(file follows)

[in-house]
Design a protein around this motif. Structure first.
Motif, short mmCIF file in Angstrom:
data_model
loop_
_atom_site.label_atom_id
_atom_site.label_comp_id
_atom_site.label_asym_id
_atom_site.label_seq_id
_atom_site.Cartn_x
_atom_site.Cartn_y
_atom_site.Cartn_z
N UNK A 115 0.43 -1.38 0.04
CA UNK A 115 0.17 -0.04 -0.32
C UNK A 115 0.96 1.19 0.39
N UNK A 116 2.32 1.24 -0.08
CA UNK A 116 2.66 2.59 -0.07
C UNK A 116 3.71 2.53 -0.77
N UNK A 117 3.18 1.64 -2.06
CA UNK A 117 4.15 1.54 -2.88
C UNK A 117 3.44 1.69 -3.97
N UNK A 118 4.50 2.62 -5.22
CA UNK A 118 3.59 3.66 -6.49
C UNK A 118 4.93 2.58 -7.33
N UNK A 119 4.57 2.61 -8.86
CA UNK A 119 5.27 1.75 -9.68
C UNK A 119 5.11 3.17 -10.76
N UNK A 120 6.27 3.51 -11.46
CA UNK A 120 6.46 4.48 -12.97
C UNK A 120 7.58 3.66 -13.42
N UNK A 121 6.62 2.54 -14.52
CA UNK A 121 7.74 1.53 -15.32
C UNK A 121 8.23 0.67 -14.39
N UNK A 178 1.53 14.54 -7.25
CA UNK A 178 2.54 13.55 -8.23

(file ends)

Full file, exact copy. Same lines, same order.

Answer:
[in-house]
Design a protein around this motif. Structure first.
Motif, short mmCIF file in Angstrom:
data_model
loop_
_atom_site.label_atom_id
_atom_site.label_comp_id
_atom_site.label_asym_id
_atom_site.label_seq_id
_atom_site.Cartn_x
_atom_site.Cartn_y
_atom_site.Cartn_z
N UNK A 115 0.43 -1.38 0.04
CA UNK A 115 0.17 -0.04 -0.32
C UNK A 115 0.96 1.19 0.39
N UNK A 116 2.32 1.24 -0.08
CA UNK A 116 2.66 2.59 -0.07
C UNK A 116 3.71 2.53 -0.77
N UNK A 117 3.18 1.64 -2.06
CA UNK A 117 4.15 1.54 -2.88
C UNK A 117 3.44 1.69 -3.97
N UNK A 118 4.50 2.62 -5.22
CA UNK A 118 3.59 3.66 -6.49
C UNK A 118 4.93 2.58 -7.33
N UNK A 119 4.57 2.61 -8.86
CA UNK A 119 5.27 1.75 -9.68
C UNK A 119 5.11 3.17 -10.76
N UNK A 120 6.27 3.51 -11.46
CA UNK A 120 6.46 4.48 -12.97
C UNK A 120 7.58 3.66 -13.42
N UNK A 121 6.62 2.54 -14.52
CA UNK A 121 7.74 1.53 -15.32
C UNK A 121 8.23 0.67 -14.39
N UNK A 178 1.53 14.54 -7.25
CA UNK A 178 2.54 13.55 -8.23